Relating two slam investigations from this past Sunday’s sectional Swiss team event, where I was favored with receipt of clues from the auction to enable me to infer useful information about the hands held by my partner:
In fourth chair I opened 1♠ on the following hand:
The auction proceeded:
Partner’s negative double implies ownership of at least four hearts. The auction engaged by the opponents, when considered in connection with my three-card holding in clubs, strongly suggests that partner has extreme shortness in clubs.
Partner’s hand can range from something better than this slam suitable two count: Qx, xxxxx, xxxxx, x, to this slam unsuitable eight count: xx, xxxx, AKJxxx, x.
I hoped to discover whether partner had spade values or diamond values by bidding 5♣. Of course, I had to hope that partner would treat 5♣ as a cue bid for his “bid suit” of hearts.
Partner bid 5♦.
That is not what I had hoped to hear. Either 5♥ or 5♠ would have suggested better slam chances than 5♦. I bid 5♥.
Time to show partner’s hand:
With two aces and a fifth trump, partner – wisely, in my opinion – chose to bid on. At the table, he chose to bid 6♦ rather than 5♠ and so the grand slam was not considered.
6♥ made easily: I ruffed the club lead in dummy, drew all of the opponents’ trumps in two rounds, and established the spade suit by playing the ♠A, ♠K and ruffing a spade in dummy. I pitched a club on the ♦A and ruffed a diamond to hand to claim all thirteen tricks.
On a totally different auction – one not providing my hand with the clues about partner’s club shortness – the other table did not reach slam. 13 IMPs for my team.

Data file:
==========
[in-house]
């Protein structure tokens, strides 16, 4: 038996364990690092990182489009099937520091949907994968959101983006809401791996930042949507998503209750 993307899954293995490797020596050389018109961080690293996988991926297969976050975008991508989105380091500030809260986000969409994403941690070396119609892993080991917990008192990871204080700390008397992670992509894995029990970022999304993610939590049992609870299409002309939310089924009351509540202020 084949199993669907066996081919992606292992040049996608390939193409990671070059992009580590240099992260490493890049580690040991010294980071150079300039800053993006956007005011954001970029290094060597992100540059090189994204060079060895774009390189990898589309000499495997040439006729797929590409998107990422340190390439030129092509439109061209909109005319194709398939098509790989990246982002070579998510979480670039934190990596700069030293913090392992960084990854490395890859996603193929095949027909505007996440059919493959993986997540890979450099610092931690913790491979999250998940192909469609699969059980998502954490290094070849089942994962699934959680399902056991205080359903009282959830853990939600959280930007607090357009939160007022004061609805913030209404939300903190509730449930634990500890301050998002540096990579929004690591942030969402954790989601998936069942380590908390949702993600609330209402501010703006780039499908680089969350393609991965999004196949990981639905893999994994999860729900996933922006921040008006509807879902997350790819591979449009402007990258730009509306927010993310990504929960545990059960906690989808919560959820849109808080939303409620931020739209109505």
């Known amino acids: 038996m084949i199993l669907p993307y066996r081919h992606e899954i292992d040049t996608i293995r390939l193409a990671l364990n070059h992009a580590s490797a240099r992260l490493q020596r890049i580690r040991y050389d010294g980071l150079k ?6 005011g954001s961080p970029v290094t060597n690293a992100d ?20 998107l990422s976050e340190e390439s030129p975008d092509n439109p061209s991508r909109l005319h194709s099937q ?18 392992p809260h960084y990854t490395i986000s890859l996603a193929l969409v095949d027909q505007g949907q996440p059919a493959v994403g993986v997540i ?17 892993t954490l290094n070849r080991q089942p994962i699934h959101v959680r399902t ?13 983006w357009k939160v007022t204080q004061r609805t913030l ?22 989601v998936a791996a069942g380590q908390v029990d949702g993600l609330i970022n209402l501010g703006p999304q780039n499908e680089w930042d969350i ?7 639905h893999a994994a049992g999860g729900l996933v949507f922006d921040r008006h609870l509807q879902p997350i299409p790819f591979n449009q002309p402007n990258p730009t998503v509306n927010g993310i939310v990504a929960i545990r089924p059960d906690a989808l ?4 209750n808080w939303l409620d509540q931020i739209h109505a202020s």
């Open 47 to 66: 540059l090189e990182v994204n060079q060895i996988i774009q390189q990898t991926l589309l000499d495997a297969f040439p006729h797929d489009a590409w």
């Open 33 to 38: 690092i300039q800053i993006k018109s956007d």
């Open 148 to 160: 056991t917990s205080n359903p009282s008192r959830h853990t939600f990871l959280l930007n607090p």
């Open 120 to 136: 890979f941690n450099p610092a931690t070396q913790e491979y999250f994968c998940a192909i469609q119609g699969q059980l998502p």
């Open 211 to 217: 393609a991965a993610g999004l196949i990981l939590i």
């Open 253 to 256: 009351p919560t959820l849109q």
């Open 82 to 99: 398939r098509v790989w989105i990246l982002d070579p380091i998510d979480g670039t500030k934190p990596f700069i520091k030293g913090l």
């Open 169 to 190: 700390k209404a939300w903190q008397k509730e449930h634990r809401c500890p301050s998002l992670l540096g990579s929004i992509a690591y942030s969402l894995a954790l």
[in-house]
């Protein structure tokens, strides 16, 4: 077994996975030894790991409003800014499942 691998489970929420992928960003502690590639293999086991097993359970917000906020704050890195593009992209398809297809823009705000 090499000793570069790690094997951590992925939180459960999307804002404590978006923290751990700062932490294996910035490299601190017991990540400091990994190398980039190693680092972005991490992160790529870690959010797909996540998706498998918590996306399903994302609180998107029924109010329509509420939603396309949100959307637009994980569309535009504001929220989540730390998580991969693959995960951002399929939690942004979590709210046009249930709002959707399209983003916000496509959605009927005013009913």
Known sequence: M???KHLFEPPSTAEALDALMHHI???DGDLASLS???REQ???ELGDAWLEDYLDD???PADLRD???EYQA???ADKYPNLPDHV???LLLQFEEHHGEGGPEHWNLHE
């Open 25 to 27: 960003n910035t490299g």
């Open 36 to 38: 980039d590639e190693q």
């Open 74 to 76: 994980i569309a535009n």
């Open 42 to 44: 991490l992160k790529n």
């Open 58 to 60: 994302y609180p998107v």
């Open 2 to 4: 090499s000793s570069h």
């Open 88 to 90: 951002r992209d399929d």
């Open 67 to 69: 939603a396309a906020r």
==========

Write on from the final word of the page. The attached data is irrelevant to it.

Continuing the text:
My partner and I are playing a weak notrumps (12-14). Accordingly, an opening bid of 1 of a suit will either be distributional (some 5-4-2-2’s or, more frequently, a hand with a singleton or void) or, if balanced, be 15+ HCP.
Partner opened 1♣ and my RHO overcalled 2♣, showing the major suits.
Surely the opponents have at least a nine card heart fit. I can, of course, infer that both partner and LHO are short in spades. Partner’s projected spade shortness suggests that he might have long clubs. Partner’s heart holding is unknowable. He might have four nice hearts. Or he might have poorer hearts. Either way, my hand looks reasonable for game: perhaps 3NT if partner holds adequate hearts; perhaps 5♣ if partner holds weak hearts.
Inventing undiscussed bids is not a productive habit, but, particularly in an irregular partnership, how can I convey my club support and heart shortness at the smallest risk of being misunderstood?
I chanced a 3♥ bid.
LHO doubled and partner bid 3NT.
I passed 3NT but LHO now bid 4♥.
Partner, with an opportunity to double 4♥, instead passed 4♥. I inferred that while he had a heart stopper, his hearts were not exceptionally strong and long. So thinking, I felt committed to playing in a club contract.
In retrospect, I think it is too aggressive – given the risk of a spade void by LHO and/or a club void by RHO – to consider slam, but 6♣is still possible opposite a hand such as x, Kxx, ATx/Ax, AKJxxx/AKxxxxx. At the table, I bid 4♠ (ah, I might be further torturing my poor partner) and partner closed the auction with a 5♣ bid. Partner’s distribution was 0=3=4=6 with ♥KQT, ♦A, and ♣AK. He might also have owned the ♦Q (but I think he held ♦ATxx) and the ♣J: I do not recall. At any rate, he did make twelve tricks, taking a winning heart ruffing finesse.
My teammates — bless them! — were +200 on the hand (I do not know the details) and so this hand also sent 13 IMPs our direction, in a different match.
Drawing inferences from the auction – inferences that can be used to project partner’s holdings and the play and defense of the hand – is among the more appreciated attributes of bridge.